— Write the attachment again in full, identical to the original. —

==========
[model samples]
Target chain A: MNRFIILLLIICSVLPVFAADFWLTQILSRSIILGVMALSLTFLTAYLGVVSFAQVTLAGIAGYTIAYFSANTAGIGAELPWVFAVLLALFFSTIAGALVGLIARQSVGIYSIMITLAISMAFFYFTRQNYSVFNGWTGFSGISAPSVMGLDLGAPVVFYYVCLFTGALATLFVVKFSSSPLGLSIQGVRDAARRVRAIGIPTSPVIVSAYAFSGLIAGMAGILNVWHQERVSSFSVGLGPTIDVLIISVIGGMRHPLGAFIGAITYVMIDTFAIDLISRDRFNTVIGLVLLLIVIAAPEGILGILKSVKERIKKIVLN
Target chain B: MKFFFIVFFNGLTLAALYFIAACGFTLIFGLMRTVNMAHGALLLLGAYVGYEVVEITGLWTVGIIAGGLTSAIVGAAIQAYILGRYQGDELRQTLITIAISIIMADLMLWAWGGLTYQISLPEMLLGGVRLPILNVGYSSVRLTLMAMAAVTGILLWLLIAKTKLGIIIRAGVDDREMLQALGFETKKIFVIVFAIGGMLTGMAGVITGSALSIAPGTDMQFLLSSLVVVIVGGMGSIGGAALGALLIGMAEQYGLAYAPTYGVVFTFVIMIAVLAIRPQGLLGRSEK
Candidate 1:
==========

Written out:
[model samples]
Target chain A: MNRFIILLLIICSVLPVFAADFWLTQILSRSIILGVMALSLTFLTAYLGVVSFAQVTLAGIAGYTIAYFSANTAGIGAELPWVFAVLLALFFSTIAGALVGLIARQSVGIYSIMITLAISMAFFYFTRQNYSVFNGWTGFSGISAPSVMGLDLGAPVVFYYVCLFTGALATLFVVKFSSSPLGLSIQGVRDAARRVRAIGIPTSPVIVSAYAFSGLIAGMAGILNVWHQERVSSFSVGLGPTIDVLIISVIGGMRHPLGAFIGAITYVMIDTFAIDLISRDRFNTVIGLVLLLIVIAAPEGILGILKSVKERIKKIVLN
Target chain B: MKFFFIVFFNGLTLAALYFIAACGFTLIFGLMRTVNMAHGALLLLGAYVGYEVVEITGLWTVGIIAGGLTSAIVGAAIQAYILGRYQGDELRQTLITIAISIIMADLMLWAWGGLTYQISLPEMLLGGVRLPILNVGYSSVRLTLMAMAAVTGILLWLLIAKTKLGIIIRAGVDDREMLQALGFETKKIFVIVFAIGGMLTGMAGVITGSALSIAPGTDMQFLLSSLVVVIVGGMGSIGGAALGALLIGMAEQYGLAYAPTYGVVFTFVIMIAVLAIRPQGLLGRSEK
Candidate 1: